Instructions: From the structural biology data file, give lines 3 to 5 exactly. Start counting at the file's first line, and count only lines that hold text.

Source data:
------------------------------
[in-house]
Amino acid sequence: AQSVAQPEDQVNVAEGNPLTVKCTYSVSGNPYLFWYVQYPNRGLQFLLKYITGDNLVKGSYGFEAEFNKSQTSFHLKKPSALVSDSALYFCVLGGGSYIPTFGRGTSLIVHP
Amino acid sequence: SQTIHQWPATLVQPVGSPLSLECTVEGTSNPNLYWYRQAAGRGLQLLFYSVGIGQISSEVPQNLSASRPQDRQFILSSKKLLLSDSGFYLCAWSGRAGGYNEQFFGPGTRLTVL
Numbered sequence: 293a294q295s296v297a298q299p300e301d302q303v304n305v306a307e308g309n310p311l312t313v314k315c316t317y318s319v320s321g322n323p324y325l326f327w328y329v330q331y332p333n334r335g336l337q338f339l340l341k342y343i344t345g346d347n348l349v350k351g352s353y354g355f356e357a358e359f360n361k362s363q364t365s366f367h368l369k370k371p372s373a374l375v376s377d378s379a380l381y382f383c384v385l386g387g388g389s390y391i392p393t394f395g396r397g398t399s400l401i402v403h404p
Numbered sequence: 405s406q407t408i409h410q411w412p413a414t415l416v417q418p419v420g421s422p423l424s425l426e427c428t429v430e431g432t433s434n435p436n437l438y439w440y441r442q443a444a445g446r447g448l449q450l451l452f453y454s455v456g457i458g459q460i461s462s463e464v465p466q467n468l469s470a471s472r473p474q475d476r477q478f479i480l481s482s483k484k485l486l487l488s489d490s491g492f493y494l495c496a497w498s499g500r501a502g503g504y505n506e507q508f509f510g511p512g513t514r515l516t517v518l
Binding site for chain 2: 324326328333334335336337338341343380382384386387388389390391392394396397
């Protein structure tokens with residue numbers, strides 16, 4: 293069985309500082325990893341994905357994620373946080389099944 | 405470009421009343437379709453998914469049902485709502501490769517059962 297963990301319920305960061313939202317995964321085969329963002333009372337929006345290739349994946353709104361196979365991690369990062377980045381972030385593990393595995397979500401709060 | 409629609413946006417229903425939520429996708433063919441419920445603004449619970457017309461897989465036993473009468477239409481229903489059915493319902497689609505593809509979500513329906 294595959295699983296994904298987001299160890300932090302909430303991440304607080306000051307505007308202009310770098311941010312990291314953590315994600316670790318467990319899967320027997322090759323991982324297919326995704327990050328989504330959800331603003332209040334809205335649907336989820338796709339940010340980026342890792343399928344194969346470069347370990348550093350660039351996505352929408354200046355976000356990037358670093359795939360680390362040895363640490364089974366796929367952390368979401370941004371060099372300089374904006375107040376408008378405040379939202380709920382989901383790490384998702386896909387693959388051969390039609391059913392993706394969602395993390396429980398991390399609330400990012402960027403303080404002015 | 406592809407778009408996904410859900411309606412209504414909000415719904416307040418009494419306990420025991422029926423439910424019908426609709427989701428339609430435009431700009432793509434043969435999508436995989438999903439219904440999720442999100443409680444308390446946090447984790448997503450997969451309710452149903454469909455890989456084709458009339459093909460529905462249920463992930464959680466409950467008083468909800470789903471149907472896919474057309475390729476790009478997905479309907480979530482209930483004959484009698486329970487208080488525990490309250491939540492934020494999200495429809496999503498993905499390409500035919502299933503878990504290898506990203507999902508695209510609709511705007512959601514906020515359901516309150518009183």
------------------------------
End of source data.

Amino acid sequence: SQTIHQWPATLVQPVGSPLSLECTVEGTSNPNLYWYRQAAGRGLQLLFYSVGIGQISSEVPQNLSASRPQDRQFILSSKKLLLSDSGFYLCAWSGRAGGYNEQFFGPGTRLTVL
Numbered sequence: 293a294q295s296v297a298q299p300e301d302q303v304n305v306a307e308g309n310p311l312t313v314k315c316t317y318s319v320s321g322n323p324y325l326f327w328y329v330q331y332p333n334r335g336l337q338f339l340l341k342y343i344t345g346d347n348l349v350k351g352s353y354g355f356e357a358e359f360n361k362s363q364t365s366f367h368l369k370k371p372s373a374l375v376s377d378s379a380l381y382f383c384v385l386g387g388g389s390y391i392p393t394f395g396r397g398t399s400l401i402v403h404p
Numbered sequence: 405s406q407t408i409h410q411w412p413a414t415l416v417q418p419v420g421s422p423l424s425l426e427c428t429v430e431g432t433s434n435p436n437l438y439w440y441r442q443a444a445g446r447g448l449q450l451l452f453y454s455v456g457i458g459q460i461s462s463e464v465p466q467n468l469s470a471s472r473p474q475d476r477q478f479i480l481s482s483k484k485l486l487l488s489d490s491g492f493y494l495c496a497w498s499g500r501a502g503g504y505n506e507q508f509f510g511p512g513t514r515l516t517v518l